From Rambodoc

September 4, 2007 · 32 Comments

The American College of Obstetricians and Gynecologists (ACOG) is up in arms. The College has just issued a health warning to women who may be interested in surgical procedures that are called Vaginal Rejuvenation or Revirgination.
Proponents of these operations say that in mature women, vaginas become loose from childbirth and age, and so, if you get them tightened up, you are going to have a tighter fit, and greater pleasure, during sex. That is not all. Women of all ages, shapes and sizes are potential customers of cosmetic reconstruction of the external genitalia. If someone wants the inner labia trimmed, or a pigmented portion removed, or the external lips plumped up, she is a candidate for this brand of surgery.

www.durex.com

There is even a GShot that claims to amplify the fabled G spot of the vagina. Basically, the G (Grafenburg) spot is a point in the front wall of the vagina where the maximum sensory stimulation is present. By injecting human collagen at the point, the G-spot projects into the vagina by almost a couple of centimeters (it is claimed), and thus is more easily stimulated during intercourse. Testimonials in websites rave about orgasms arising out of bumpy car rides, intercourse be damned! It is claimed that 87% of women benefit from this!
All these procedures are of unproven benefit, unnecessary and have potential side effects, says the ACOG. The College has come out with an advisory release that says:

It is imperative that studies on these procedures be conducted and published in peer-reviewed publications so that the evidence and clinical outcomes can be reviewed. Until that time, the absence of data supporting the safety and efficacy of these procedures makes their recommendation untenable.

ACOG also states “these procedures are not medically indicated.”
Fine, so why doesn’t the College help start trials to disprove this notion amongst some specialists and women that these plastic surgery procedures actually work and improve sexual health?
It seems that there are complicating issues involving
professional jealousy, rivalry and questions of the ethics involved.
A gynecologist in Los Angeles called David Matlock patents all these designer vaginoplasties. In case you missed what you just read, these are patented procedures. Matlock teaches these procedures to other interested specialists for $50,000 only. Yeah, you read it right this time! 50 big ones to learn designer vaginoplasty.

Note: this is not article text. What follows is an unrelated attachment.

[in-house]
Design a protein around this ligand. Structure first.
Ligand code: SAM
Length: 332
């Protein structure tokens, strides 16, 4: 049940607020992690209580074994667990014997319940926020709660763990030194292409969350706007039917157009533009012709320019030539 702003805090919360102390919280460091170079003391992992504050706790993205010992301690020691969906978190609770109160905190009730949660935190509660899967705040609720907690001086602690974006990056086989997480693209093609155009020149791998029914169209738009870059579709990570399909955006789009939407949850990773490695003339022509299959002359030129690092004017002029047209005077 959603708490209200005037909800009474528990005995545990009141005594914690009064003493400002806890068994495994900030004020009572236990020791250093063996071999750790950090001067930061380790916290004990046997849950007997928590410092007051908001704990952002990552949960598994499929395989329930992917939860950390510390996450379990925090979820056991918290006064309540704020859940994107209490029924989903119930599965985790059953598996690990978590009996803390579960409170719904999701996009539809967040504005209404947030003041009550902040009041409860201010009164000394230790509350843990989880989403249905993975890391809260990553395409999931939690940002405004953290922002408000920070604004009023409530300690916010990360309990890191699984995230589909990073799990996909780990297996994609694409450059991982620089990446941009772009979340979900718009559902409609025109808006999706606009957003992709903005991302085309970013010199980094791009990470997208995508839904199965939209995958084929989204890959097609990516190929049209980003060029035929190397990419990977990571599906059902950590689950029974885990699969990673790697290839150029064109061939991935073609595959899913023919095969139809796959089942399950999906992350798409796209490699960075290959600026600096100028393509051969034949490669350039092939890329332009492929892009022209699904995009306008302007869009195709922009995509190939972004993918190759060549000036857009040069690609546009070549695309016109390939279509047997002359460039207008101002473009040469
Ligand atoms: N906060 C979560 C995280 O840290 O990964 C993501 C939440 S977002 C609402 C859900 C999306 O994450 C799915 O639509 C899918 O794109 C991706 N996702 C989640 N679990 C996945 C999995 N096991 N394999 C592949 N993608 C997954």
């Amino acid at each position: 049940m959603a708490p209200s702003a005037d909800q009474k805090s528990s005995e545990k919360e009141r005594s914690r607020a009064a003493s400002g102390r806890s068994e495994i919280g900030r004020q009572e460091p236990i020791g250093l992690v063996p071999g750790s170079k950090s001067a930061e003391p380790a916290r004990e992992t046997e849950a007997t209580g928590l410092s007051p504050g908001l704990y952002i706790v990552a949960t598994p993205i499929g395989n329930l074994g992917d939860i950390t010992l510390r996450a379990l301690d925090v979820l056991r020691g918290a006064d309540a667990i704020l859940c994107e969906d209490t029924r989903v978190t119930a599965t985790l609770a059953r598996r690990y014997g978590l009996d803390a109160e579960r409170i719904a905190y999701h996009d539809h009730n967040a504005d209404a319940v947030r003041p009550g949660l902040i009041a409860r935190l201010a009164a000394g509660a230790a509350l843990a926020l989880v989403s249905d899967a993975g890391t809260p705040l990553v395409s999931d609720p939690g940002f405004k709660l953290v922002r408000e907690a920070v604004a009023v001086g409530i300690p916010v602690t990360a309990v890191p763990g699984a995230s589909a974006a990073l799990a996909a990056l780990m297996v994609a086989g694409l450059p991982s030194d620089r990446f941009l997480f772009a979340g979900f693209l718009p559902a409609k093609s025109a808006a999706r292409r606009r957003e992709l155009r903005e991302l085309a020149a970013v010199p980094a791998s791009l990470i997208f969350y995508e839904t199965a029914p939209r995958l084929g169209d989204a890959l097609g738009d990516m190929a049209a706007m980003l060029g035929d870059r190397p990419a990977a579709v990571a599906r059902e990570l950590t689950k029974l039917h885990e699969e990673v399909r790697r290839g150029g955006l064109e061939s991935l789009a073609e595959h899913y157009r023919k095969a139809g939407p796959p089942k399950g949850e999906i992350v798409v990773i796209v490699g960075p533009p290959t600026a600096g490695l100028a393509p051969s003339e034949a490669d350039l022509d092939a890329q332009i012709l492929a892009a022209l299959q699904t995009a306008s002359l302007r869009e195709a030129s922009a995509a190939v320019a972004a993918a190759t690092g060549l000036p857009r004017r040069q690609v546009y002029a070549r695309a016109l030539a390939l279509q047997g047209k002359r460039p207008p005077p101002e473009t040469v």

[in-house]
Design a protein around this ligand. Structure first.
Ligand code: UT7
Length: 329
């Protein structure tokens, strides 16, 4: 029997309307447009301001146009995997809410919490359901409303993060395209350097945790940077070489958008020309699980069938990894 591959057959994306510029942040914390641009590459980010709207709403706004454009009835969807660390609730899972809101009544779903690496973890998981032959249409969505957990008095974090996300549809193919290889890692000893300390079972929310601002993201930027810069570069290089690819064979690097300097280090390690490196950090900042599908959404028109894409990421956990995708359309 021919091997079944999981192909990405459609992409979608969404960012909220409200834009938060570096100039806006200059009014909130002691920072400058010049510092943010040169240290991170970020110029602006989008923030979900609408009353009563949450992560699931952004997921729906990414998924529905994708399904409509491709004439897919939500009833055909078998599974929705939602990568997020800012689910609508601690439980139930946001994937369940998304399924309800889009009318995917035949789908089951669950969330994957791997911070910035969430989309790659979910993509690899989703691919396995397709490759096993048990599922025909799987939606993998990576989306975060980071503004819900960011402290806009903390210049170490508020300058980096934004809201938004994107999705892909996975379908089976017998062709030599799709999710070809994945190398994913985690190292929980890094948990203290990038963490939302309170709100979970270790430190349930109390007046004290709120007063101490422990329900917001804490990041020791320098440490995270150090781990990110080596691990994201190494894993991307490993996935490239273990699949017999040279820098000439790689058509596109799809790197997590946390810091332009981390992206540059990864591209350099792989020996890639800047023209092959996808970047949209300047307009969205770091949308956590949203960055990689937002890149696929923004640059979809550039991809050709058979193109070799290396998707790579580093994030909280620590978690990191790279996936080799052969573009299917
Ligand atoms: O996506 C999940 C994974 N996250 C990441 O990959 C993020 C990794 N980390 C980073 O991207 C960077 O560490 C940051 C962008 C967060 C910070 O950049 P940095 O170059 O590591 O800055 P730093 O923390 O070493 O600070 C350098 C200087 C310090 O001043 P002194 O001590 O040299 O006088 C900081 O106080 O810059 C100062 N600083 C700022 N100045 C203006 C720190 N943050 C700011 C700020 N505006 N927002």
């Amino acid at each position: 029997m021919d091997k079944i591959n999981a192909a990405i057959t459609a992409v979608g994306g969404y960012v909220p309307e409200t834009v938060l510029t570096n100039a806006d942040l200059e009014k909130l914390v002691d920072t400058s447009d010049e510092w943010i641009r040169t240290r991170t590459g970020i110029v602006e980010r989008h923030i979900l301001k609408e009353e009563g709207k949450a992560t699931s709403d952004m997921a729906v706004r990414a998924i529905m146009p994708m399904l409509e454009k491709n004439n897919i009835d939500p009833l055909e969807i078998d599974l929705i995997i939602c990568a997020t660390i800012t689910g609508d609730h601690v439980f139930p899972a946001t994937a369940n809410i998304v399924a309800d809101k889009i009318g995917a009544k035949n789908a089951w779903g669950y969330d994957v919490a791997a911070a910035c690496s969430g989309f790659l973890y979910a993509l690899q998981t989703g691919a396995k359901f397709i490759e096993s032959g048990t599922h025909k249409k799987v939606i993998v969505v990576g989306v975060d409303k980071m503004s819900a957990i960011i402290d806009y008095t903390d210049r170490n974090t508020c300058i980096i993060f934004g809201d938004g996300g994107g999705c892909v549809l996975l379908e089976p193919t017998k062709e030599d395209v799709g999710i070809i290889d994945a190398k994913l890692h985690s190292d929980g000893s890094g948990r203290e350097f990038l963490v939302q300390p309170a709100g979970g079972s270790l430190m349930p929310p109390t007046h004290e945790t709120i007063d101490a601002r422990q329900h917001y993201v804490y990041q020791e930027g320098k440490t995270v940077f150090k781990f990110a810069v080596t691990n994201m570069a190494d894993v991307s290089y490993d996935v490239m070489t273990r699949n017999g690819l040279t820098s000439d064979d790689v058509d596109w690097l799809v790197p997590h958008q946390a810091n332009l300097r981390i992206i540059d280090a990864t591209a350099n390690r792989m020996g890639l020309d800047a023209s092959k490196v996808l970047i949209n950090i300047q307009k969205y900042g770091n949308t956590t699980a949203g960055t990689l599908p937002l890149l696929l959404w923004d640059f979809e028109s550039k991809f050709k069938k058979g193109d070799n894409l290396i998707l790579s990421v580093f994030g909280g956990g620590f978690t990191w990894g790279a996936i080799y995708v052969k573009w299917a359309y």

Obviously, Matlock’s institute is promoting this surgery in a big way and making money, as are those who have learnt from him.
Philosophically, it seems, the American College is unable to accept this. A small coterie of doctors making moolah on new procedures they are unwilling to teach for free is inflammatory to the rest of the breed.

ACOG is also concerned with the ethical issues associated with the marketing and national franchising of cosmetic vaginal procedures. A business model that controls the dissemination of scientific knowledge is troubling, according to the new committee opinion. “When a new surgical procedure or a variation of an established surgical procedure is developed, physicians typically do not attempt to keep it proprietary or restrict who can perform the procedure,” said Dr. Berenson (a member of the Committee that came out with the warning).

But isn’t this standard business practice in life? Patenting drugs, products and even ideas is part of reality. Yes, it is true, if all procedures were patented, none of us would have been complete surgeons. Knowledge has always been freely disseminated to medical students and doctors.
However, in recent history, new procedures have not been freely shared. Laparoscopic gall bladder removal, for example, used to be (and still is) taught in paid courses. Those who didn’t have the wherewithal to afford these courses never learnt it, or did so only when the procedure became common. The same can be said of many other, newer, procedures. We are seeing something very similar here. The only difference is that a pioneer of a procedure has actually patented a set of operations so that he will make money if someone else wants to adopt them. This is the free market in surgery, and trust the plastic surgery industry to cash in on it!
If the procedures truly benefit the women who go for them, the ACOG will be standing by the highway while the market runs away to newer unexplored terrain. Of course, conceptually, it is difficult for us to accept surgical alteration of normal organs. It has never been thought of before. But is this mere fact enough reason to condemn it?
If the results are not good, or if the surgeries are unsafe, the market will banish the purveyors of these designer surgeries.
Incidentally, The Wall Street Journal had this to say about David Matlock:

He has been quoted in other publications as saying he has treated more than 3,000 women and trained 140 doctors. In 1998, the Medical Board of California tried to revoke his license, alleging insurance fraud, dishonesty and negligent care to two patients, according to state records. In 2000, Dr. Matlock settled with the board and was placed on probation for four years.

It seems Matlock is living on borrowed time, but may retire wealthier beyond imagination!

(I can’t resist an aside that similar augmentation procedures could also tried for males focused exclusively on where their maximum intelligence resides, the penis. If nothing else, the G-spot will cease to be a nebulous point of focus of the sexes. That would not be a small achievement in man-woman interaction!)

Related reading: The Female Orgasm And The Rainbow Of Fire

Categories: USA · culture · future · gynecology · health · life · motherhood · news · rights · science · sex · sexes · society · surgery · technology · vaginoplasty

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